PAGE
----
A car's battery is designed to perform one task very well, and that is to power an electric starter motor whenever the ignition switch is turned on. Once a car starts, an electric generator called an alternator assumes responsibility for most of the car's electrical needs, including recharging the battery for future starts. If the battery's power level becomes too low to turn the starter motor, the driver may have to use a second battery to provide additional power. The cables used to connect the auxiliary battery to the dead battery are called jumper cables, because they allow electrical power to "jump" from one battery to another.

Jumper cables are insulated lengths of heavy gauge wire which have large spring-loaded alligator clips on either end. Two clips are usually marked "positive" with the use of red insulation and plus marks (+), while the other two clips have black insulation and "negative" marks (-). This is a very important designation, since the positive clamps on each end of the jumper cables should only be attached to the positive terminals of the batteries, and the negative clamps should only be attached to the negative post or grounded area of the engine block.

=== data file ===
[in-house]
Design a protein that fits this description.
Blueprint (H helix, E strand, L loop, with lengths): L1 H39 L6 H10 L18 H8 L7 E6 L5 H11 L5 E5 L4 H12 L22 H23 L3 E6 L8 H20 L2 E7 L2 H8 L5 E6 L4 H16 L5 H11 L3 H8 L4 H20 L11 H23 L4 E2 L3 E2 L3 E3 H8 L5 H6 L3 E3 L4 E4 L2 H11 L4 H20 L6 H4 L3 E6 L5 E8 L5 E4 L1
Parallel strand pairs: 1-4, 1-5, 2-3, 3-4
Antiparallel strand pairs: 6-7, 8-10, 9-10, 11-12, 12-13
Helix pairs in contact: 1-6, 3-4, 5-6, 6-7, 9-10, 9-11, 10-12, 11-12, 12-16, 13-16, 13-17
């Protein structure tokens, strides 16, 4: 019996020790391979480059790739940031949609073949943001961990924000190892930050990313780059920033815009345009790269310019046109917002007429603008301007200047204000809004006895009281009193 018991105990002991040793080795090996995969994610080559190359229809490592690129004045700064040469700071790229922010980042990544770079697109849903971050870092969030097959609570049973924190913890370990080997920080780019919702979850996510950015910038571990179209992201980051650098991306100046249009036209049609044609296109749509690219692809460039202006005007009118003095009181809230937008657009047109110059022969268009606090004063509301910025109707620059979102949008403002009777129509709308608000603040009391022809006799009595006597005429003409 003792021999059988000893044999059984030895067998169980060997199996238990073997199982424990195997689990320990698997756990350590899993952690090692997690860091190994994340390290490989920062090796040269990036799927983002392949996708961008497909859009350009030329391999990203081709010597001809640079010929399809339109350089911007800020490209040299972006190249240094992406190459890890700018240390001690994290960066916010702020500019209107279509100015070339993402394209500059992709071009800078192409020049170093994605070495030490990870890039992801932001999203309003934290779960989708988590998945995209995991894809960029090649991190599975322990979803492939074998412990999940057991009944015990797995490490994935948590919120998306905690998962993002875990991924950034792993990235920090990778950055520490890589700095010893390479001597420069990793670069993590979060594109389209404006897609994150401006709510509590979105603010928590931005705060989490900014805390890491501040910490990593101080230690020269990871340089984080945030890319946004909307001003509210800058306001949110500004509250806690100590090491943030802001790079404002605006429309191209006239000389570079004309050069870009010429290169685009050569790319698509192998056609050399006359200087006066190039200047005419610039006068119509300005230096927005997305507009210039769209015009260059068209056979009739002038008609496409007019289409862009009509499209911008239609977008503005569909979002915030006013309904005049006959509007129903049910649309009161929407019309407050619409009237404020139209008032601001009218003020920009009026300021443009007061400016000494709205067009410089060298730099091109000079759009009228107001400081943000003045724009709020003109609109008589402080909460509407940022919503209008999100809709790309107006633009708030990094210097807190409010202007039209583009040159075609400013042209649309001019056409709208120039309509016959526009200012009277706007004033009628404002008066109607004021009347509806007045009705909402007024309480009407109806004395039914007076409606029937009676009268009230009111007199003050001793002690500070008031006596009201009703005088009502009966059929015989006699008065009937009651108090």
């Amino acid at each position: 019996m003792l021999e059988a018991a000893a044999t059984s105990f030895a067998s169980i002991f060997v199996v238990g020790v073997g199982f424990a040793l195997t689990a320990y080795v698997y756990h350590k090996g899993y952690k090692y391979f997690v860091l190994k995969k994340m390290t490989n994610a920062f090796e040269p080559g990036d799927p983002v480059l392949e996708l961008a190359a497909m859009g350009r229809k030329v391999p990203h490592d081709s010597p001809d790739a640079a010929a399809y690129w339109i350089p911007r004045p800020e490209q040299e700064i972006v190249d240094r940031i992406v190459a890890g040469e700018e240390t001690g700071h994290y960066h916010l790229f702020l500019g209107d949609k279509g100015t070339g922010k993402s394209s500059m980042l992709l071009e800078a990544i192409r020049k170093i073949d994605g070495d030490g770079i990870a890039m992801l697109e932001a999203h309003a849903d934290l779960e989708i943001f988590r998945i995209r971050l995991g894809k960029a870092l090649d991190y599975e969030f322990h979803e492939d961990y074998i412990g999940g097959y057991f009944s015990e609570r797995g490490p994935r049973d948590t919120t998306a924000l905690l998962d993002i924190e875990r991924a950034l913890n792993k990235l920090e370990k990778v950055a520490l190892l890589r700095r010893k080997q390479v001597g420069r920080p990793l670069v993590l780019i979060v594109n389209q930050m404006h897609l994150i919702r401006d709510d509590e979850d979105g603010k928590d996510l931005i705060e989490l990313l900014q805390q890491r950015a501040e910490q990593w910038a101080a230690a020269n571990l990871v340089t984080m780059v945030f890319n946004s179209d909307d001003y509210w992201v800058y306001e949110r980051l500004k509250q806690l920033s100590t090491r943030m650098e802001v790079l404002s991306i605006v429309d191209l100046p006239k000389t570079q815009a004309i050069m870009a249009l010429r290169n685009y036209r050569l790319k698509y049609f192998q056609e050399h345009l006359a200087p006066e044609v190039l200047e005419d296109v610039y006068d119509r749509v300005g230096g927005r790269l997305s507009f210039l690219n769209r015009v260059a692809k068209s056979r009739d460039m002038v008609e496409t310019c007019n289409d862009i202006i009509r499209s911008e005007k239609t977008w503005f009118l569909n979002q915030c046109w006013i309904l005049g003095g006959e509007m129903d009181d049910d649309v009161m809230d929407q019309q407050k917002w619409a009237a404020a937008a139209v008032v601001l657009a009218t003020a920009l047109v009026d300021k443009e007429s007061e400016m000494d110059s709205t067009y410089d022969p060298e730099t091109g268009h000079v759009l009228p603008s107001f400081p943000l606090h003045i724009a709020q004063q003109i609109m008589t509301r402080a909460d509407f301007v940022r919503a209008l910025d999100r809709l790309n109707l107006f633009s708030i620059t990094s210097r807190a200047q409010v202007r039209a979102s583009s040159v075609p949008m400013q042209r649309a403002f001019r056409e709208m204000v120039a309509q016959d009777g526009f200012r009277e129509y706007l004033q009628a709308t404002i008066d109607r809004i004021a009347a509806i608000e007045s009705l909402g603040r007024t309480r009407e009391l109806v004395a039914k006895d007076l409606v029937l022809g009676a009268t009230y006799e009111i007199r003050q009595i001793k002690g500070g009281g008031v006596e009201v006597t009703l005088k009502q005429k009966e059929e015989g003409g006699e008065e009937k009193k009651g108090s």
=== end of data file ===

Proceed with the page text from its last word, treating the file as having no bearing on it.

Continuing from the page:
In order to use jumper cables safely, the two batteries need to be in close proximity to each other, which usually means maneuvering the second vehicle end-to-end or side-by-side with the vehicle containing the dead battery. Jumper cables can be 10 feet or more in length, but the clamps need to be seated securely on the battery posts in order to get the best connection. Once the batteries are positioned properly, the driver can begin to attach the jumper cables to both vehicles.